This Sleek Saltwater-Charged Car is Making Waves in the Auto Industry

Electric cars are making rapid advancements and one of the most exciting milestones involves the ocean. The Sportlimousine isn’t your average electric sports car; it’s an electric car that charges its battery with saltwater.

German company Quant unveiled its first version of the Sportlimosine at the 2014 Geneva Motor Show and now they already have a second version called the Quant F. The cars really have a lot of get-up-and-go power too, generating 920 horsepower, going 0-62 mph in 2.8 seconds, and being able to hit a top speed of 217.5 mph.

Speed is impressive, but what really makes the car stand out is its battery technology. At the same weight as a lithium batter, the Sportlimosine and Quant F have a battery powered with NanoFlowcell technology that offers five times the energy capacity. According to the Daily Mail, “It works in a similar way to a hydrogen fuel cell, however, the liquid used for storing energy is saltwater. The liquid passes through a membrane in between the two tanks, creating an electric charge. This electricity is then stored and distributed by super capacitors”. Since the car has few moving parts and the produced waste heat is insignificant in comparison with cars powered by lithium-ion batteries, the car’s efficiency is around 80 percent.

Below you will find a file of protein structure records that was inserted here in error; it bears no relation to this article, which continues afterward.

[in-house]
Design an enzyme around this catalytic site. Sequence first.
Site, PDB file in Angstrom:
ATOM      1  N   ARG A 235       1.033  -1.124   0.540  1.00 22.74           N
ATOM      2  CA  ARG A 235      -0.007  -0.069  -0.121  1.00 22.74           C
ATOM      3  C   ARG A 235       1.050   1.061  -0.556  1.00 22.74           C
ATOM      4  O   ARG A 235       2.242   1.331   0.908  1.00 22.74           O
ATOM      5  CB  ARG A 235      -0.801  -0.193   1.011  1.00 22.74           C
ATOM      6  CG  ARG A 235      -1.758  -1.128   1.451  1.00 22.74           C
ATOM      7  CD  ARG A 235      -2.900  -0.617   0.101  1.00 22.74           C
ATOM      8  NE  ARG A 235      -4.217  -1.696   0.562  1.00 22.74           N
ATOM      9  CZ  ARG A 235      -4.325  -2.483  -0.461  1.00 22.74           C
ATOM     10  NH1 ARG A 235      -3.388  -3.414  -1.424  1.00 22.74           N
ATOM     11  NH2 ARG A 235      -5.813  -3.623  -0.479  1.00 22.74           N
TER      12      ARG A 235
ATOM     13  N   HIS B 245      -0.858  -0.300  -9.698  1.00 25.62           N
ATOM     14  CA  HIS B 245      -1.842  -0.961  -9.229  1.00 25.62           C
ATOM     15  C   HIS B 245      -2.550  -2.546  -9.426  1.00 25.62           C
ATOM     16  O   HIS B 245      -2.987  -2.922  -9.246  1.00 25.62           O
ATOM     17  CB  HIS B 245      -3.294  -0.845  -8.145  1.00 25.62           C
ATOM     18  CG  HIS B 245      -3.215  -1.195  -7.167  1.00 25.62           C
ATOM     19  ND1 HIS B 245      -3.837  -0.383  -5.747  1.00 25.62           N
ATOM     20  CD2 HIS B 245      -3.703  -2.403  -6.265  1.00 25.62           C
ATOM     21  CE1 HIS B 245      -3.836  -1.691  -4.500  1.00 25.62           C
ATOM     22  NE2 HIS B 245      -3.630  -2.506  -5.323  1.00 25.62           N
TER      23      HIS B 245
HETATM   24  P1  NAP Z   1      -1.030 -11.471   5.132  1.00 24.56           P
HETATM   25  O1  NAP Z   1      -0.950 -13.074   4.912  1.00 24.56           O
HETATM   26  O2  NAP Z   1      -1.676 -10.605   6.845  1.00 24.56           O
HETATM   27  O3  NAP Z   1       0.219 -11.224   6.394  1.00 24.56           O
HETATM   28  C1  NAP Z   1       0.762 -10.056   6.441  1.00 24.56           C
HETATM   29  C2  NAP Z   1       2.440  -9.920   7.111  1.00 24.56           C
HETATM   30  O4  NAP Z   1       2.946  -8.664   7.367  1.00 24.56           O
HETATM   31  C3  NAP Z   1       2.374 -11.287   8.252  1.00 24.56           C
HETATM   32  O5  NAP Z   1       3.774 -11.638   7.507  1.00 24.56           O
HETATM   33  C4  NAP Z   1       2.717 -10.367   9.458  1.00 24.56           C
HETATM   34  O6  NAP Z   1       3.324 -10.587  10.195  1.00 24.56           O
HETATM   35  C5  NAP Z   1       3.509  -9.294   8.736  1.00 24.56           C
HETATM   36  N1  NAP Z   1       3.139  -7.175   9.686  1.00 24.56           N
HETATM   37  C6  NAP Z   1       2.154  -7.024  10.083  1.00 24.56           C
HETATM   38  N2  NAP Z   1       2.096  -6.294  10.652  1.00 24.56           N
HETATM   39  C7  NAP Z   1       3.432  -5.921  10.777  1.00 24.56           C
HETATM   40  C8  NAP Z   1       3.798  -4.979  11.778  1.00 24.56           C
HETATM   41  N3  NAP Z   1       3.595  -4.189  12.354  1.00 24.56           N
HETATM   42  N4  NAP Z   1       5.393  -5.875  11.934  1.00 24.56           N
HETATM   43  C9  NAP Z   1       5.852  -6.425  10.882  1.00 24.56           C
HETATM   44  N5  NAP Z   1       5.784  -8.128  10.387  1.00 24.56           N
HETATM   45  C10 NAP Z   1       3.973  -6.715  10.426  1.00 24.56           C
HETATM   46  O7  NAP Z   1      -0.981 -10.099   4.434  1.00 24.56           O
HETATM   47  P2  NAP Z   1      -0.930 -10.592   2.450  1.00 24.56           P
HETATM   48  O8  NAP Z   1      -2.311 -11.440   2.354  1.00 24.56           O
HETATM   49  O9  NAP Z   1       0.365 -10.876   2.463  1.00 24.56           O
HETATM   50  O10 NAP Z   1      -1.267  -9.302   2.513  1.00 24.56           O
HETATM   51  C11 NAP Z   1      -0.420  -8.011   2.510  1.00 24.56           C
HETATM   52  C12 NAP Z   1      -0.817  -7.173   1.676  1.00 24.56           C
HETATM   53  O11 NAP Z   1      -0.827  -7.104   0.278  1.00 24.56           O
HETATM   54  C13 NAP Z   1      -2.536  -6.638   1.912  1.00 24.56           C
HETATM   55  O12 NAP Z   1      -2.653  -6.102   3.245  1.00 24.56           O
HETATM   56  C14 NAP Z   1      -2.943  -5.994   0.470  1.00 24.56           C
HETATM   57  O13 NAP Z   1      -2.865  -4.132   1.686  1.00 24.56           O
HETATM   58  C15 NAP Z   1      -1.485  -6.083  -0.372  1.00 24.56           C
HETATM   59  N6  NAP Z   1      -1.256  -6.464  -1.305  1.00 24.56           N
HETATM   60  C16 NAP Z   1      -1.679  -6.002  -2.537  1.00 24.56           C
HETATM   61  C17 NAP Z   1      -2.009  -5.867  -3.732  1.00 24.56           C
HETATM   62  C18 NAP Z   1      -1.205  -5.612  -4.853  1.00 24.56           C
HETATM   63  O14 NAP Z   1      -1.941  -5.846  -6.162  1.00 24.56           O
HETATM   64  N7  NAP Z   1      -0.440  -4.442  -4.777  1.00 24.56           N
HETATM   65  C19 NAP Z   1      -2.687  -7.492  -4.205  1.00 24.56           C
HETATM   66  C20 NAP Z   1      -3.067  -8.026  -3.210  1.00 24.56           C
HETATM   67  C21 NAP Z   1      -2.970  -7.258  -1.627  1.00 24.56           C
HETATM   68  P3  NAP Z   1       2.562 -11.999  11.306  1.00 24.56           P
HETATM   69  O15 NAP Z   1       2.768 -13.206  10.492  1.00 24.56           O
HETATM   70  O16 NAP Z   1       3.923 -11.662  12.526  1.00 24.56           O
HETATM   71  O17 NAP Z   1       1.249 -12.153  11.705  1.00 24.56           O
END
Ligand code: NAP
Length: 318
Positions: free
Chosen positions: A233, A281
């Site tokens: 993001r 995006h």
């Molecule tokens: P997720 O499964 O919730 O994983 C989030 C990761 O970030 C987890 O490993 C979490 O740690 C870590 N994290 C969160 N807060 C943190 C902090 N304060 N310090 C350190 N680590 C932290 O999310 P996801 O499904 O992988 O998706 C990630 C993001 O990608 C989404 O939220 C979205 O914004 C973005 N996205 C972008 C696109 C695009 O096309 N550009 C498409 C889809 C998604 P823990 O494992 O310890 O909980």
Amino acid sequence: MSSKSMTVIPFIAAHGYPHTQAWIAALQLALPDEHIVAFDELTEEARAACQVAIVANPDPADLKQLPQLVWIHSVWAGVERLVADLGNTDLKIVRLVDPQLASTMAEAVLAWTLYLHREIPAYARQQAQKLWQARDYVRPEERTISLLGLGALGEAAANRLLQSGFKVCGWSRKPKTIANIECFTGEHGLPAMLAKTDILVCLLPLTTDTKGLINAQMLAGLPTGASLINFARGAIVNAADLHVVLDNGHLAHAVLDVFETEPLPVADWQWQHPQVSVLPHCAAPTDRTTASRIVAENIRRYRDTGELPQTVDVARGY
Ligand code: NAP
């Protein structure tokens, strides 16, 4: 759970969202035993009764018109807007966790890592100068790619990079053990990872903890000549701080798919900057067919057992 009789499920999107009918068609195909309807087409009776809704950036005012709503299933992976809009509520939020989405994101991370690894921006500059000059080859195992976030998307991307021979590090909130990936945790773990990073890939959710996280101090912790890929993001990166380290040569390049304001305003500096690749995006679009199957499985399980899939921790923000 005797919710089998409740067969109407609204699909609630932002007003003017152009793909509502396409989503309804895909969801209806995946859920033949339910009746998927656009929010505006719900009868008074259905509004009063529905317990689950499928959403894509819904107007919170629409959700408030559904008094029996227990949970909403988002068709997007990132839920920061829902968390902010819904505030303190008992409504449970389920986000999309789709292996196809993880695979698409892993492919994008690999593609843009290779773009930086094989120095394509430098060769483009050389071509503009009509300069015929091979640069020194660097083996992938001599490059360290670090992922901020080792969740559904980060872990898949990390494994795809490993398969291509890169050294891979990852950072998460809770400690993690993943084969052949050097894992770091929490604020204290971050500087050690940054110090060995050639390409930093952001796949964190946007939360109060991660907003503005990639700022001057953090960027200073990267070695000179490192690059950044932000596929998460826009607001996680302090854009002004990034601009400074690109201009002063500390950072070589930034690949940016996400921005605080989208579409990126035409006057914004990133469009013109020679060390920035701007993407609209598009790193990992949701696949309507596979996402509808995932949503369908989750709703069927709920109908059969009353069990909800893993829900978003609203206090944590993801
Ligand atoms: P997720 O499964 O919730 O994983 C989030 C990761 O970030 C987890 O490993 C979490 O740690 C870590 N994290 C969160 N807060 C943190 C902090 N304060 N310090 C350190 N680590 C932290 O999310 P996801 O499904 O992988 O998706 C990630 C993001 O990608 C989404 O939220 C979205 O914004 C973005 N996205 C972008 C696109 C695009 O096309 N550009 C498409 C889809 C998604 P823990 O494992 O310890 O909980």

The cars have also been approved to be tested on public roads in Germany and Europe from certification provider TÜV Süd based in Munich, Germany. The car’s makers claim that it can travel up to 600 km (373 mi) with a full tank – five times greater than a traditional battery system.

The car does carry with it a very hefty price tag of $1.7 million, but NanoFlowcell AG, a Lichtenstein-based company behind the drive, is hoping to expand beyond just cars for more practical purposes.

“We’ve got major plans… The potential of the NanoFlowcell is much greater, especially in terms of domestic energy supplies as well as in maritime, rail, and aviation technology”, NanoFlowcell AG Chairman of the Board Professor Jens-Peter Ellermann told GizMag.

The car’s technology of course isn’t exempt from criticism with some saying that the NanoFlowcell isn’t a solution to our energy needs. Those who take issue with the technology say that the saltwater fluids are simply a storage medium for energy, energy that has to come from some other source.

Even if that is the case, NanoFlowcell developers seem to be focused on exploring the technology’s environmentally-friendly potential, and that’s certainly a big step in the right direction.

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